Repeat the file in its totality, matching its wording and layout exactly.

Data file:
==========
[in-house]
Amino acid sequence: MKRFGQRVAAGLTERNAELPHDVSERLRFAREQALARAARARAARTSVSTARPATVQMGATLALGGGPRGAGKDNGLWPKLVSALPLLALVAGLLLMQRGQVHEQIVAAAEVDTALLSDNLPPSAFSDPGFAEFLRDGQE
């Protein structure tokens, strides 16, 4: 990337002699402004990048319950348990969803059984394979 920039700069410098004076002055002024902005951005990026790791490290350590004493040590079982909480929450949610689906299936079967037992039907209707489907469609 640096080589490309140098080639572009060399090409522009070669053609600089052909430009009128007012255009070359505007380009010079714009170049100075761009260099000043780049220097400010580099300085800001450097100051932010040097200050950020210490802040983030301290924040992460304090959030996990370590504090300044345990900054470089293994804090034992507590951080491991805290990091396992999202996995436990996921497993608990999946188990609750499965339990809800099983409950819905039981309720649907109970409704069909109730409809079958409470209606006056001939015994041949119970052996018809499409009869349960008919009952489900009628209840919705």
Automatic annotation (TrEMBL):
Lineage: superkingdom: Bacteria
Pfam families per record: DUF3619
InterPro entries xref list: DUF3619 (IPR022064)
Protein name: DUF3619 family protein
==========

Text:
[in-house]
Amino acid sequence: MKRFGQRVAAGLTERNAELPHDVSERLRFAREQALARAARARAARTSVSTARPATVQMGATLALGGGPRGAGKDNGLWPKLVSALPLLALVAGLLLMQRGQVHEQIVAAAEVDTALLSDNLPPSAFSDPGFAEFLRDGQE
């Protein structure tokens, strides 16, 4: 990337002699402004990048319950348990969803059984394979 920039700069410098004076002055002024902005951005990026790791490290350590004493040590079982909480929450949610689906299936079967037992039907209707489907469609 640096080589490309140098080639572009060399090409522009070669053609600089052909430009009128007012255009070359505007380009010079714009170049100075761009260099000043780049220097400010580099300085800001450097100051932010040097200050950020210490802040983030301290924040992460304090959030996990370590504090300044345990900054470089293994804090034992507590951080491991805290990091396992999202996995436990996921497993608990999946188990609750499965339990809800099983409950819905039981309720649907109970409704069909109730409809079958409470209606006056001939015994041949119970052996018809499409009869349960008919009952489900009628209840919705």
Automatic annotation (TrEMBL):
Lineage: superkingdom: Bacteria
Pfam families per record: DUF3619
InterPro entries xref list: DUF3619 (IPR022064)
Protein name: DUF3619 family protein